But the very fact that the bank's assets in this case are bound to be worth as much as its liabilities proves why the "backing" theory, understood as a theory of how the purchasing power of a fiat money is determined, is entirely vacuous. For there's no limit to how much gold the central bank can acquire–it might try to buy the entire stock, and keep bidding up P so long as it has paper and ink at hand, and yet never reach a point at which its dollars are any less completely "backed" than before–that is, completely backed by gold possessing an equivalent dollar or "nominal" value. The fact that gold itself is scarce in real terms has absolutely no bearing on the central bank's capacity to create dollars and raise dollar-denominated prices. None.

    So the point isn't that fiat notes can't be said to be fully "backed" by assets. It is that their "backing" is irrelevant to the determination of the notes' purchasing power.

    My example involves a real commodity as "backing," but without convertibility. Allowing the "assets" purchased by the central bank to consist, not of such a commodity, but of financial assets denominated in its own currency unit, only makes the "backing" theory appear that much more irresponsible. In this case, dollars are supposedly "backed" by assets that are promises to pay…dollars! Dollar promises backed by promises to pay dollars = circularity = indeterminacy. The bonds are valuable so long as the dollars are valuable, and the dollars are valuable so long as the bonds are valuable. But both the bonds and the dollars can be worth nothing–and that is what happens in every modern episode of hyperinflation. Mikes suggestion to the contrary–that such hyperinflation can only happen because a central bank starts issuing money without acquiring valuable assets, e.g., in the equivalent of helicopter drops, isn't consistent with the reality of many hyperinflations, in which the central banks in question were monetizing their governments' securities. As I said before, the effects are in fact the same as they would be if the central bank just paid the governments (and its own) bills by printing more notes.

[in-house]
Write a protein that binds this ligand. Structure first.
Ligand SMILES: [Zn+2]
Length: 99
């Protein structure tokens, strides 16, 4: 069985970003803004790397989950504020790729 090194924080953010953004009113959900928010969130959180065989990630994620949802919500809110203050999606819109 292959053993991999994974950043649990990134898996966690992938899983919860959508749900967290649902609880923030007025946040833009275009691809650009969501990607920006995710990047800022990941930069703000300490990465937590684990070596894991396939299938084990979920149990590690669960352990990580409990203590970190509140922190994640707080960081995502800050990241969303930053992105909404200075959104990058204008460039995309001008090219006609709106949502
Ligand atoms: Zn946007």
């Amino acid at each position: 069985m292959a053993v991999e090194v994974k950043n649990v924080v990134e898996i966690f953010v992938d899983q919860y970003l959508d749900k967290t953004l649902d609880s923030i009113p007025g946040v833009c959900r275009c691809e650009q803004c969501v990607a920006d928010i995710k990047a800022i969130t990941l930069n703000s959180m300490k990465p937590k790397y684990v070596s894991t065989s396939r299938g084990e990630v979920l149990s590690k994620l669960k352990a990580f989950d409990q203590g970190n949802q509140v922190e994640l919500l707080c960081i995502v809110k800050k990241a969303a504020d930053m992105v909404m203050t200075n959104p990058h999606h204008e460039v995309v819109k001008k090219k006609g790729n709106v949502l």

I am, of course, beating a dead horse But this is monetary economics, and monetary economics is haunted by zombie horses.

    • vikingvista

      Is it not a tautology (or rather a mere redefinition of "backed") to say that as long as money is used (i.e. it trades for other assets) that it is therefore "backed"? Is there any even theoretical way to falsify such a claim? For a backing theory to be at all informative, does it not have to offer a theoretical example of non backed circulating money, or at least introduce a causal mechanism that contradicts other theories?

      By the way he redefines "backed", and the pure accounting rather than causal nature of his theory, it seems Mike's claim "money is valued to the extent it is 'backed'" reduces to "money is valued to the extent it is valued".

      • MichaelM